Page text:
Assalamu alaykum wa rahmatuLlah all,
I apologise in advance for the length of this post, but I think it's worth starting off by also stating I agree with pretty much almost everything Amatullah
had to say... but I do want to address specific things too.
Al Qamar, I had to laugh about you expecting to be waited on hand and foot. There isn't a man alive who doesn't try that in the beginning, at least for a minute.
There is something very crucial to mention here which is that I wasn't actually trying it on (as in, testing the water to see how much I could get away with). Don't get me wrong, I can completely see how it appears like that, but the minds of men and women are very very different, and this is probably something one only appreciates after marriage. You can learn and study about it all you like, but it's only when you're thrown in the deep end of marriage (we Muslims don't date, after all) that you actually learn about it.
I'm not going to explain the psyche of how men thing, because Mark Gungor has a brilliant video about this:Points...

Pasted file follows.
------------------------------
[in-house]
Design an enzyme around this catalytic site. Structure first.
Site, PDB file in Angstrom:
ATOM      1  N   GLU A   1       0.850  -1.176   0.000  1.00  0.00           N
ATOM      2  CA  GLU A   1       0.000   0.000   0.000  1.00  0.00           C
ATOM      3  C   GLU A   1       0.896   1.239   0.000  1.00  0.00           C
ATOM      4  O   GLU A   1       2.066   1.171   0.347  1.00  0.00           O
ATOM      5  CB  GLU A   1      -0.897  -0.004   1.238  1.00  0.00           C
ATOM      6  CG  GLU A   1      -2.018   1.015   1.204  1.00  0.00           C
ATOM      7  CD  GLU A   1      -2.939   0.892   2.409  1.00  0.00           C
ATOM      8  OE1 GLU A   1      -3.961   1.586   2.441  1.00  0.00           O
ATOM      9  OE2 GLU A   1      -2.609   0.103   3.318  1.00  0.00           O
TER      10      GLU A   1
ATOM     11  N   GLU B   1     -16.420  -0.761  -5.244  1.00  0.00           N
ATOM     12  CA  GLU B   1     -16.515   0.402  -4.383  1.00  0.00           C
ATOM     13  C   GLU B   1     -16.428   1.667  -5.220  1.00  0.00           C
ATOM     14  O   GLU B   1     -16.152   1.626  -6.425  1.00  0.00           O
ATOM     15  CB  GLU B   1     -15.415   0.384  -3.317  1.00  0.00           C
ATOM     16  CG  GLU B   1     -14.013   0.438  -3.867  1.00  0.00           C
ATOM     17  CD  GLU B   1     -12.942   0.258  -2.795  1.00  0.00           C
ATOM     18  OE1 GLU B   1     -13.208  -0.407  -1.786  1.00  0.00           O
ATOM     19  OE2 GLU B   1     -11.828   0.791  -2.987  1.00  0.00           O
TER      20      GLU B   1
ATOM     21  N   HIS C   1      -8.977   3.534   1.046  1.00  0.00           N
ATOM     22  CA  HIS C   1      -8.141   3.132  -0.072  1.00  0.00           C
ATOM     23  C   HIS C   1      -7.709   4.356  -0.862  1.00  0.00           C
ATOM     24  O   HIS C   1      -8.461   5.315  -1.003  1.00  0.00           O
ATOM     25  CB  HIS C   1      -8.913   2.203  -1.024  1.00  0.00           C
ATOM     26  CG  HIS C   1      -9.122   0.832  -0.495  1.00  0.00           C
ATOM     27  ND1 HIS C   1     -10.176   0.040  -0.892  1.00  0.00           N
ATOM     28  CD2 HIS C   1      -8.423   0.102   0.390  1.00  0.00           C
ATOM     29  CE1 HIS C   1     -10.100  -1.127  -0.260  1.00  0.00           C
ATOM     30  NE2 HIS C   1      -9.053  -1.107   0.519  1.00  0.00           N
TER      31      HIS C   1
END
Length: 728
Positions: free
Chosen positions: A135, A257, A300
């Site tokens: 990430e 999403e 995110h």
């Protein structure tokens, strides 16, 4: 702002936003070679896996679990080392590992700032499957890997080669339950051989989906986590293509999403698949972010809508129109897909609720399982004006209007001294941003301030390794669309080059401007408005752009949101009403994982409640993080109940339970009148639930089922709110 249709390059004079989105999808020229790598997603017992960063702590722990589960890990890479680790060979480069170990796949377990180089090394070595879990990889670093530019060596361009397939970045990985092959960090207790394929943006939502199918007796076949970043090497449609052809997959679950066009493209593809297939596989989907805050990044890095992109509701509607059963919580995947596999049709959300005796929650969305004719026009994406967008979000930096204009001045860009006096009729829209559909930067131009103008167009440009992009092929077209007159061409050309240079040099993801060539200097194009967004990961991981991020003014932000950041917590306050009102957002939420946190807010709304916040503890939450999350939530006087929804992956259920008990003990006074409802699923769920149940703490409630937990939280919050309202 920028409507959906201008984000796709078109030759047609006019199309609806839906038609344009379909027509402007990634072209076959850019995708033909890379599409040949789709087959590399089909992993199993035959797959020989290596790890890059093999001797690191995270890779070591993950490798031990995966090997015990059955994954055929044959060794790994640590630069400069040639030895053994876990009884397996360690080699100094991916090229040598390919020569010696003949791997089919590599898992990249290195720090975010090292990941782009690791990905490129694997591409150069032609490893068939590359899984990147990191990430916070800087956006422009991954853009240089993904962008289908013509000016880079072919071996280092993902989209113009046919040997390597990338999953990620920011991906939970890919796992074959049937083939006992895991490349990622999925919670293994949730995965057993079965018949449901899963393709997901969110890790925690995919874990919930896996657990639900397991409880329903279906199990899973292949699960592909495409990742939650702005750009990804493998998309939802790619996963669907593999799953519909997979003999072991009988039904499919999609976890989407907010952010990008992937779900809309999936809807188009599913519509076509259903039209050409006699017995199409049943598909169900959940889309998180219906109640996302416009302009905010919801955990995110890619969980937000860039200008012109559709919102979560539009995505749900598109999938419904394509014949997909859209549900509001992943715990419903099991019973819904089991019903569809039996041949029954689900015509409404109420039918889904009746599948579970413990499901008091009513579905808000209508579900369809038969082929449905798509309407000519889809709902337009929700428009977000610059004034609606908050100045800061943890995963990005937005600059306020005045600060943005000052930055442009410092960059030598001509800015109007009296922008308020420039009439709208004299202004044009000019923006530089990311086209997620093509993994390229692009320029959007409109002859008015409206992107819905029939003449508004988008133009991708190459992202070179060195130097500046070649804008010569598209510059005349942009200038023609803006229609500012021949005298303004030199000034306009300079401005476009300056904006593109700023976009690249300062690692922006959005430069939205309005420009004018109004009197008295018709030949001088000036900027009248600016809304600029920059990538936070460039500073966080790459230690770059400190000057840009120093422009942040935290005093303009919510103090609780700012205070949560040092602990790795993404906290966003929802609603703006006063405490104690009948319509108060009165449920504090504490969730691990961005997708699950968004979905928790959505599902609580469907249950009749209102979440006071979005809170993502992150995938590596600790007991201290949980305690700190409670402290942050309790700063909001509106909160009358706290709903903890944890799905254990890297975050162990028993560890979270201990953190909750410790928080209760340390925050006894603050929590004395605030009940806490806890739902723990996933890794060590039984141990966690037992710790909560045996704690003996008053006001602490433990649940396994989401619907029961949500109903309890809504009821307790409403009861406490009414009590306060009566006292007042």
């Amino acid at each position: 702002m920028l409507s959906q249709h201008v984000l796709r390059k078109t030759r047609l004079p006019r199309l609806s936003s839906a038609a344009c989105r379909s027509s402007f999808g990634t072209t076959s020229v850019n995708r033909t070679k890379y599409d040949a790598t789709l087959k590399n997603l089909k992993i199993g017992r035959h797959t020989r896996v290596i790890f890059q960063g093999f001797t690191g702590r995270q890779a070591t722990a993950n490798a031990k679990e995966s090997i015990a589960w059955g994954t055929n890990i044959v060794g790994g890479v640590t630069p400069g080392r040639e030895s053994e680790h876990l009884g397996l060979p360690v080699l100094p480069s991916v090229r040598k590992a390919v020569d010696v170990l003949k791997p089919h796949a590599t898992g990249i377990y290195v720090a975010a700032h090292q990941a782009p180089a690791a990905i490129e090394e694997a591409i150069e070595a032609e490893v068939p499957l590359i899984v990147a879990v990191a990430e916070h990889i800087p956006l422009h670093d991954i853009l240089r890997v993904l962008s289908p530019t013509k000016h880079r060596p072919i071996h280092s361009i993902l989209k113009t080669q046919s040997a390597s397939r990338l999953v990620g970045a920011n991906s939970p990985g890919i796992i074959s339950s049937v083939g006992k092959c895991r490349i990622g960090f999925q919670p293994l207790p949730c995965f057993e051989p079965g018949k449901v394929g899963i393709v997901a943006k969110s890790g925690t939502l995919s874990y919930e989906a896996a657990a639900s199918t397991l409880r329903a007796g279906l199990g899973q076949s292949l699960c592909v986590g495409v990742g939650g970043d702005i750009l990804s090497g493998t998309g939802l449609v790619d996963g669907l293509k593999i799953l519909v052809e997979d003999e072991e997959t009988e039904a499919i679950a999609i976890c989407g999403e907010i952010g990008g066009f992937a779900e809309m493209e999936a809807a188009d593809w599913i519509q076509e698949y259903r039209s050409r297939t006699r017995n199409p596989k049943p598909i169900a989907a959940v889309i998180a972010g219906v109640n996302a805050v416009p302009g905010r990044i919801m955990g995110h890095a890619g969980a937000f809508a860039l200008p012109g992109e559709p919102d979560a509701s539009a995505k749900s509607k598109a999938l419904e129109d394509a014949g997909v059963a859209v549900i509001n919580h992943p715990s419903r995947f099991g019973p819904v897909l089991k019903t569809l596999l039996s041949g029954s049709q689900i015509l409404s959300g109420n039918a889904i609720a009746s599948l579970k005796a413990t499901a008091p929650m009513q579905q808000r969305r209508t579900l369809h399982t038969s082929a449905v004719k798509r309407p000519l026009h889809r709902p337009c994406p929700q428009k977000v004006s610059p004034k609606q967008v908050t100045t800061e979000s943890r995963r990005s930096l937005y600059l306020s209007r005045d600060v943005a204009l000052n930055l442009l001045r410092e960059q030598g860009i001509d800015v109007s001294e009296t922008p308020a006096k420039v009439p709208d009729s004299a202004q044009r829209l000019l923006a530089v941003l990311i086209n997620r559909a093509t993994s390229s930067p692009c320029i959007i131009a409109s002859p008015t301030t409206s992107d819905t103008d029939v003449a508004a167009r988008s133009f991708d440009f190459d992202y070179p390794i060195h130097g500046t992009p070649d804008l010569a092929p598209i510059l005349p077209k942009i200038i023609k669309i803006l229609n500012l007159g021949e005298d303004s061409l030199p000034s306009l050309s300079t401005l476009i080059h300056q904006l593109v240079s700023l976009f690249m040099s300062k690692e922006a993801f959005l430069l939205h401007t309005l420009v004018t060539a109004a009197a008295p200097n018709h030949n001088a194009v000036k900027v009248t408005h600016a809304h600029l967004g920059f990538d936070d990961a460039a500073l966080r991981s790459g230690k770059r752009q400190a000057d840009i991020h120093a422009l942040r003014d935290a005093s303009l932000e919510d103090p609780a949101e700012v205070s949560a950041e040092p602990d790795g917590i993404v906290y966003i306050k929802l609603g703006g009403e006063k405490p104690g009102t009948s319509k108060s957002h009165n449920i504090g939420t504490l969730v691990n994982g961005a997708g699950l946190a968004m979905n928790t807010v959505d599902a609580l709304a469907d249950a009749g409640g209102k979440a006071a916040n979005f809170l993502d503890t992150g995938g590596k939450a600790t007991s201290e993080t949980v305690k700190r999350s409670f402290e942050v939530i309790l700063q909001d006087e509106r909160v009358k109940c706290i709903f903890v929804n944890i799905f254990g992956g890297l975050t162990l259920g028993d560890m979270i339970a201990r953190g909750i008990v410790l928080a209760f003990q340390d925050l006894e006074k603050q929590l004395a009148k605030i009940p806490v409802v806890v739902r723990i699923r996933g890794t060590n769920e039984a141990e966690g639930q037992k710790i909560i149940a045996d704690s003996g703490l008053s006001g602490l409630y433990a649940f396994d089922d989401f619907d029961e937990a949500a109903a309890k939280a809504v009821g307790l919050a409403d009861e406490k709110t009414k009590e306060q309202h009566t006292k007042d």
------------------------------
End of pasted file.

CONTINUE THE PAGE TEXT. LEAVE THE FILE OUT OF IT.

Now, please bear in mind, this is a general rule. I know there are exceptions everywhere, but if we dealt in exceptions, we'd never get anything done. And, speaking as a man, I have to say 100% that what he's saying is completely accurate. That's just how we think. You could argue whether it's right or wrong to think that, but what's the point? It doesn't change the reality that that is how we think, and if all the men think this way... it's not because we had a mass meeting and decided to do that, it's because Allah (swt) created us that way. Just as women were created like bent ribs, we're created in this way. Rather than complain about it, learn to recognise and deal with it.
Now, the other thing that you have to realise is, for asian men specifically, we've been raised in households where we've seen our mother's doing the housework. We've seen our sisters do the housework. The men are pretty much left alone and waited on. Whether it's right or wrong is not the issue, that's the reality... The problem is, the man doesn't realise anything is out of place, this is his reality... he comes home and expects to be fed, etc. If the wife complains, he automatically assumes there's something wrong with her, he's not doing anything different.
Basically, what I want to get across is that, when men do this... it's not to try and make a 'slave' out of their wives. It's just their reality, it's the only way they know how to think and they genuinely don't see what the issue is. My first wife complained to me all the time, and I never got it. I'm sure had we had counselling, I'd have realised, but she wanted to go to a secular counseller and I wanted to go to an Islamic/Muslim one who understood the rights of men/women in Islam (I was trying to move to the position of I'll be the bread-winner, she can be the bread-baker...).